Recent Board direction is targeting a financial strategy to secure our future and increasing opportunities to support aquaculture students across the globe. Our most recent meeting in Mérida was attended by almost 2000 delegates. Many people expressed their appreciation for the opportunity to reconnect with colleagues in-person. Thanks to the Conference Management team, ably lead by John Cooksey, together with the Steering Committee and all attendees for making this event a resounding success. I am confident more students and aquaculture professionals have a clearer understanding of their piece in the global aquaculture network.
My sincere thanks to Antonio Garza de Yta for his recent leadership of the WAS Board and I look forward to working with him as the immediate Past-President, together with incoming President-Elect Humberto Villarreal. We also welcome back Reg Blaylock in a following term as Treasurer, Hillary Egna and Angela Caporelli as new Directors, and Marina Rubio Benito as Student Director.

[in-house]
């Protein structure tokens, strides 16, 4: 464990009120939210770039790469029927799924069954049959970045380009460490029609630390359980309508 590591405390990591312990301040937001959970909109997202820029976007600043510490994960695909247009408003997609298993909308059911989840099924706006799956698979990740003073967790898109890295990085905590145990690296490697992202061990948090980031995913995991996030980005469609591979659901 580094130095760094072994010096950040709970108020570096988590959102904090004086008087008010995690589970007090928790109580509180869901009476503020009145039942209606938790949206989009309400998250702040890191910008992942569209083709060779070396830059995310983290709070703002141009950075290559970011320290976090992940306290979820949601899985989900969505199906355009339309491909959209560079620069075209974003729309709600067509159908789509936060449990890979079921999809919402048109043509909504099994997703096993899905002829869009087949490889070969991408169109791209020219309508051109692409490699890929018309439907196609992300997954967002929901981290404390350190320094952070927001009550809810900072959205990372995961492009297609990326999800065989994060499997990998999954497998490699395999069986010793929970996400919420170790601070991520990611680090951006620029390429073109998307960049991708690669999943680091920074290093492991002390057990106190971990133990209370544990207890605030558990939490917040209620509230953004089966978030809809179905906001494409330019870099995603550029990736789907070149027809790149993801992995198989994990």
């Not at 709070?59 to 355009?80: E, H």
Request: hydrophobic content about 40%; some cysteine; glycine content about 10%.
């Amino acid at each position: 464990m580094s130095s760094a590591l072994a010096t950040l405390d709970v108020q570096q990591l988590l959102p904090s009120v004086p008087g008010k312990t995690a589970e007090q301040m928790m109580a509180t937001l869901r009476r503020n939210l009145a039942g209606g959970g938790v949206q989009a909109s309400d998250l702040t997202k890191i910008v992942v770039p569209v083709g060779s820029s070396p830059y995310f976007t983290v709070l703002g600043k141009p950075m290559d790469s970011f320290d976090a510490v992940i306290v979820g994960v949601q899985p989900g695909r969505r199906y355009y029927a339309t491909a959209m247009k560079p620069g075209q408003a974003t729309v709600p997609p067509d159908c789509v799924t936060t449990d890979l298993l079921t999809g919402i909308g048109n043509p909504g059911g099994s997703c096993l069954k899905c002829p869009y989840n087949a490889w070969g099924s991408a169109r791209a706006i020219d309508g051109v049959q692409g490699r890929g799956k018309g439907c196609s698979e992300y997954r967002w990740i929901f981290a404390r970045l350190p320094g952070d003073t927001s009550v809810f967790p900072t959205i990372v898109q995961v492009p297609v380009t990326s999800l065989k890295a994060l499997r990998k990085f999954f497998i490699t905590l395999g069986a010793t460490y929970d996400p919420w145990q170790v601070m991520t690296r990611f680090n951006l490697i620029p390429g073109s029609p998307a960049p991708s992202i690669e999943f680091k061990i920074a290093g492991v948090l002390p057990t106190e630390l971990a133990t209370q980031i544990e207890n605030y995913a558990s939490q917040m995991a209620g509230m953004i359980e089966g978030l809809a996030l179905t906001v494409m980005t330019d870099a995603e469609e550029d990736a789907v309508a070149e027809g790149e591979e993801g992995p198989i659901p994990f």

Hope to see you at a WAS or Chapter conference soon. I trust you all find a place of peace contemplating the water and the life below, wherever you are.
— Jennifer Blair (formerly Cobcroft), President
About Jennifer Blair
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Previous President's Columns
- March 15, 2023
- June 15, 2023
This column is being written on a flight out of Darwin, after an incredible World Aquaculture 2023 c...
- September 11, 2023
An overwhelming conclusion after our World Aquaculture Conference in Darwin is that Aquaculture can ...